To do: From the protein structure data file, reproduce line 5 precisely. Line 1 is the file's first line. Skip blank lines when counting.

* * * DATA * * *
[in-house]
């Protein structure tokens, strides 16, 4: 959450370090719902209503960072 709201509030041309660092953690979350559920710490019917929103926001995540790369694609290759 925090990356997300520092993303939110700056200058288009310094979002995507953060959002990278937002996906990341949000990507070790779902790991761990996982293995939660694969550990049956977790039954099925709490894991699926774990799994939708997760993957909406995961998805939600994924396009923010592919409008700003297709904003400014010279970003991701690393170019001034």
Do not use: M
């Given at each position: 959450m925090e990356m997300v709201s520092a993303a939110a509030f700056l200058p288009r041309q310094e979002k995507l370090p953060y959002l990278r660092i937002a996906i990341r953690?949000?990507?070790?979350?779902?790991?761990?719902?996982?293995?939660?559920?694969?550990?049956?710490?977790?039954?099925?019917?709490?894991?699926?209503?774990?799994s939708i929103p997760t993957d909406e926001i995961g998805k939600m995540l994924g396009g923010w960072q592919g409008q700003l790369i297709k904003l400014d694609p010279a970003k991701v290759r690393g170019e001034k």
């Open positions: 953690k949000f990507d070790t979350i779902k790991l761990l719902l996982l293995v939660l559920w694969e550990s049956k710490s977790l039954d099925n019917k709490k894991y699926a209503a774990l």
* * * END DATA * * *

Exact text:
């Open positions: 953690k949000f990507d070790t979350i779902k790991l761990l719902l996982l293995v939660l559920w694969e550990s049956k710490s977790l039954d099925n019917k709490k894991y699926a209503a774990l």